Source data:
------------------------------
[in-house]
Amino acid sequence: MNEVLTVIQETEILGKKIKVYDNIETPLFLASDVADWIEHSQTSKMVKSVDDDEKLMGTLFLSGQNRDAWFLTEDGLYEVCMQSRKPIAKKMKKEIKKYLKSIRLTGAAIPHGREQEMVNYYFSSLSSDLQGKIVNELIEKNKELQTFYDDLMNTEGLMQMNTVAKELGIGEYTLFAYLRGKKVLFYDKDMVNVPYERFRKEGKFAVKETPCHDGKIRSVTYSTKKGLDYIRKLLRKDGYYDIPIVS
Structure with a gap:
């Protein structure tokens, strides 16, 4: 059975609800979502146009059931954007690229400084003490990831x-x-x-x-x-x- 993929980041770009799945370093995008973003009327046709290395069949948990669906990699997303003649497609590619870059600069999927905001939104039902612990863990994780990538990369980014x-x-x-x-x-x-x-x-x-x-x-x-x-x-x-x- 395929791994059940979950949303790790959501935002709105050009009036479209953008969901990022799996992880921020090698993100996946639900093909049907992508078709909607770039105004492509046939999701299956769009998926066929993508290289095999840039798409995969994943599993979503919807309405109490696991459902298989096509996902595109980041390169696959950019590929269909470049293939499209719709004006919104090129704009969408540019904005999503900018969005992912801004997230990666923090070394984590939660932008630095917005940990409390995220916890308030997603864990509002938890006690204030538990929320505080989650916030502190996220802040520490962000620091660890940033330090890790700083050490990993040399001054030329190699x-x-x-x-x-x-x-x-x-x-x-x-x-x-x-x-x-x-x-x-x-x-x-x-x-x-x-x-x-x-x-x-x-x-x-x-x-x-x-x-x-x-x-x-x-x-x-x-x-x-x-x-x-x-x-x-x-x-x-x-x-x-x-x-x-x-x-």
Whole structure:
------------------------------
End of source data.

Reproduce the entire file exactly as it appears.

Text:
[in-house]
Amino acid sequence: MNEVLTVIQETEILGKKIKVYDNIETPLFLASDVADWIEHSQTSKMVKSVDDDEKLMGTLFLSGQNRDAWFLTEDGLYEVCMQSRKPIAKKMKKEIKKYLKSIRLTGAAIPHGREQEMVNYYFSSLSSDLQGKIVNELIEKNKELQTFYDDLMNTEGLMQMNTVAKELGIGEYTLFAYLRGKKVLFYDKDMVNVPYERFRKEGKFAVKETPCHDGKIRSVTYSTKKGLDYIRKLLRKDGYYDIPIVS
Structure with a gap:
């Protein structure tokens, strides 16, 4: 059975609800979502146009059931954007690229400084003490990831x-x-x-x-x-x- 993929980041770009799945370093995008973003009327046709290395069949948990669906990699997303003649497609590619870059600069999927905001939104039902612990863990994780990538990369980014x-x-x-x-x-x-x-x-x-x-x-x-x-x-x-x- 395929791994059940979950949303790790959501935002709105050009009036479209953008969901990022799996992880921020090698993100996946639900093909049907992508078709909607770039105004492509046939999701299956769009998926066929993508290289095999840039798409995969994943599993979503919807309405109490696991459902298989096509996902595109980041390169696959950019590929269909470049293939499209719709004006919104090129704009969408540019904005999503900018969005992912801004997230990666923090070394984590939660932008630095917005940990409390995220916890308030997603864990509002938890006690204030538990929320505080989650916030502190996220802040520490962000620091660890940033330090890790700083050490990993040399001054030329190699x-x-x-x-x-x-x-x-x-x-x-x-x-x-x-x-x-x-x-x-x-x-x-x-x-x-x-x-x-x-x-x-x-x-x-x-x-x-x-x-x-x-x-x-x-x-x-x-x-x-x-x-x-x-x-x-x-x-x-x-x-x-x-x-x-x-x-």
Whole structure: